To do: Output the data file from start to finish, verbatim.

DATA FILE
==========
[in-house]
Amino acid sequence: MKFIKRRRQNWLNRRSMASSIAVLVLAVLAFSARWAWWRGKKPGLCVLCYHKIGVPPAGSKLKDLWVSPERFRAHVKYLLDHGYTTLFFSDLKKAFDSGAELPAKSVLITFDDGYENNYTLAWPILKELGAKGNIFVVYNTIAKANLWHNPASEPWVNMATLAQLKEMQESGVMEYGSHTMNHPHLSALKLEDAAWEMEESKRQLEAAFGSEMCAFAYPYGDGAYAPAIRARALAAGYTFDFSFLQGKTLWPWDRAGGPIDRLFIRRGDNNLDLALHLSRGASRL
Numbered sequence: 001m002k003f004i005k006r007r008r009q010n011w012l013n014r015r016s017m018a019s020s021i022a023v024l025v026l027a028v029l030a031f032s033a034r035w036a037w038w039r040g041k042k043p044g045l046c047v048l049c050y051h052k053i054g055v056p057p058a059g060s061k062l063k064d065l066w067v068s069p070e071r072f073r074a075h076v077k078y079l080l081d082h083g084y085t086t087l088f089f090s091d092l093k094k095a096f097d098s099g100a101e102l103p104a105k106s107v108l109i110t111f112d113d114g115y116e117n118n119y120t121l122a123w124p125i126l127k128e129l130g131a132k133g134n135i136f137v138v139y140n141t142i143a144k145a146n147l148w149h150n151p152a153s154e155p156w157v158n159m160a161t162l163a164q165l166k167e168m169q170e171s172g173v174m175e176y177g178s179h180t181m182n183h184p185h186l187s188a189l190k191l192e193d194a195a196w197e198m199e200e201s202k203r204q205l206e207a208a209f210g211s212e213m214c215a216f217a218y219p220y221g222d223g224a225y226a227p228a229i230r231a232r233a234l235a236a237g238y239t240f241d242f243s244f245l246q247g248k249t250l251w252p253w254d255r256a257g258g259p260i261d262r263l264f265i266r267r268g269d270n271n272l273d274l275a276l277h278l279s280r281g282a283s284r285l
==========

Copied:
[in-house]
Amino acid sequence: MKFIKRRRQNWLNRRSMASSIAVLVLAVLAFSARWAWWRGKKPGLCVLCYHKIGVPPAGSKLKDLWVSPERFRAHVKYLLDHGYTTLFFSDLKKAFDSGAELPAKSVLITFDDGYENNYTLAWPILKELGAKGNIFVVYNTIAKANLWHNPASEPWVNMATLAQLKEMQESGVMEYGSHTMNHPHLSALKLEDAAWEMEESKRQLEAAFGSEMCAFAYPYGDGAYAPAIRARALAAGYTFDFSFLQGKTLWPWDRAGGPIDRLFIRRGDNNLDLALHLSRGASRL
Numbered sequence: 001m002k003f004i005k006r007r008r009q010n011w012l013n014r015r016s017m018a019s020s021i022a023v024l025v026l027a028v029l030a031f032s033a034r035w036a037w038w039r040g041k042k043p044g045l046c047v048l049c050y051h052k053i054g055v056p057p058a059g060s061k062l063k064d065l066w067v068s069p070e071r072f073r074a075h076v077k078y079l080l081d082h083g084y085t086t087l088f089f090s091d092l093k094k095a096f097d098s099g100a101e102l103p104a105k106s107v108l109i110t111f112d113d114g115y116e117n118n119y120t121l122a123w124p125i126l127k128e129l130g131a132k133g134n135i136f137v138v139y140n141t142i143a144k145a146n147l148w149h150n151p152a153s154e155p156w157v158n159m160a161t162l163a164q165l166k167e168m169q170e171s172g173v174m175e176y177g178s179h180t181m182n183h184p185h186l187s188a189l190k191l192e193d194a195a196w197e198m199e200e201s202k203r204q205l206e207a208a209f210g211s212e213m214c215a216f217a218y219p220y221g222d223g224a225y226a227p228a229i230r231a232r233a234l235a236a237g238y239t240f241d242f243s244f245l246q247g248k249t250l251w252p253w254d255r256a257g258g259p260i261d262r263l264f265i266r267r268g269d270n271n272l273d274l275a276l277h278l279s280r281g282a283s284r285l